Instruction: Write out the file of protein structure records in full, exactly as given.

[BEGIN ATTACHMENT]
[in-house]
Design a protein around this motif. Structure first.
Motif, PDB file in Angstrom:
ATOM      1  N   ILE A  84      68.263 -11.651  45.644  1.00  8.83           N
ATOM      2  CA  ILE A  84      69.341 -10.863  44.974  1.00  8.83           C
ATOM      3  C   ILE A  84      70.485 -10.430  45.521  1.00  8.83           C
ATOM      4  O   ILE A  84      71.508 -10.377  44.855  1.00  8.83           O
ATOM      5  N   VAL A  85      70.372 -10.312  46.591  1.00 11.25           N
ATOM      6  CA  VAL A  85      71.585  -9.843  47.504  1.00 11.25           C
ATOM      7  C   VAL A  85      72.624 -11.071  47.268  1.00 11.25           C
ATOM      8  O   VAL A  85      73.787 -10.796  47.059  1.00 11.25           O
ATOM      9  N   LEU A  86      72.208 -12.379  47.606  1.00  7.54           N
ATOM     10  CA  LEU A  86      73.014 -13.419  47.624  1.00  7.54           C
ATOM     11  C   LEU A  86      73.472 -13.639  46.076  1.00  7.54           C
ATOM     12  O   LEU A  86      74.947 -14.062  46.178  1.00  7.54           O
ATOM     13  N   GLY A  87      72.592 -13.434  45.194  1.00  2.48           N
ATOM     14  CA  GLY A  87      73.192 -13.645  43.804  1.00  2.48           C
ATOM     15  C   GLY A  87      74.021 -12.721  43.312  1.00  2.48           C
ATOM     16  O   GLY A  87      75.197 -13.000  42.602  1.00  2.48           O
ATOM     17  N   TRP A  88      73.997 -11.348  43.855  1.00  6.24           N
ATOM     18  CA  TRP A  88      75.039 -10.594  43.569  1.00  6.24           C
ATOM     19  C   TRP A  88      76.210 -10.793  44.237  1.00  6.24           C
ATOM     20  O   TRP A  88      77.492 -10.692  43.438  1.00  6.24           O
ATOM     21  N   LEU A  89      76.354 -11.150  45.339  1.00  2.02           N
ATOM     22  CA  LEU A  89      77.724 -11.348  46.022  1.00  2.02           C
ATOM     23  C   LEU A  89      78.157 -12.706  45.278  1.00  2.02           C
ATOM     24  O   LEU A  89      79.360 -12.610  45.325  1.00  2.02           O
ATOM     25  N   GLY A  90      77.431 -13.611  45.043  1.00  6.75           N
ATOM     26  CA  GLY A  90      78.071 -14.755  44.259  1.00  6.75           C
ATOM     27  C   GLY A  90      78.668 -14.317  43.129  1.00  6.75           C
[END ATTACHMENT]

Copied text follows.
[in-house]
Design a protein around this motif. Structure first.
Motif, PDB file in Angstrom:
ATOM      1  N   ILE A  84      68.263 -11.651  45.644  1.00  8.83           N
ATOM      2  CA  ILE A  84      69.341 -10.863  44.974  1.00  8.83           C
ATOM      3  C   ILE A  84      70.485 -10.430  45.521  1.00  8.83           C
ATOM      4  O   ILE A  84      71.508 -10.377  44.855  1.00  8.83           O
ATOM      5  N   VAL A  85      70.372 -10.312  46.591  1.00 11.25           N
ATOM      6  CA  VAL A  85      71.585  -9.843  47.504  1.00 11.25           C
ATOM      7  C   VAL A  85      72.624 -11.071  47.268  1.00 11.25           C
ATOM      8  O   VAL A  85      73.787 -10.796  47.059  1.00 11.25           O
ATOM      9  N   LEU A  86      72.208 -12.379  47.606  1.00  7.54           N
ATOM     10  CA  LEU A  86      73.014 -13.419  47.624  1.00  7.54           C
ATOM     11  C   LEU A  86      73.472 -13.639  46.076  1.00  7.54           C
ATOM     12  O   LEU A  86      74.947 -14.062  46.178  1.00  7.54           O
ATOM     13  N   GLY A  87      72.592 -13.434  45.194  1.00  2.48           N
ATOM     14  CA  GLY A  87      73.192 -13.645  43.804  1.00  2.48           C
ATOM     15  C   GLY A  87      74.021 -12.721  43.312  1.00  2.48           C
ATOM     16  O   GLY A  87      75.197 -13.000  42.602  1.00  2.48           O
ATOM     17  N   TRP A  88      73.997 -11.348  43.855  1.00  6.24           N
ATOM     18  CA  TRP A  88      75.039 -10.594  43.569  1.00  6.24           C
ATOM     19  C   TRP A  88      76.210 -10.793  44.237  1.00  6.24           C
ATOM     20  O   TRP A  88      77.492 -10.692  43.438  1.00  6.24           O
ATOM     21  N   LEU A  89      76.354 -11.150  45.339  1.00  2.02           N
ATOM     22  CA  LEU A  89      77.724 -11.348  46.022  1.00  2.02           C
ATOM     23  C   LEU A  89      78.157 -12.706  45.278  1.00  2.02           C
ATOM     24  O   LEU A  89      79.360 -12.610  45.325  1.00  2.02           O
ATOM     25  N   GLY A  90      77.431 -13.611  45.043  1.00  6.75           N
ATOM     26  CA  GLY A  90      78.071 -14.755  44.259  1.00  6.75           C
ATOM     27  C   GLY A  90      78.668 -14.317  43.129  1.00  6.75           C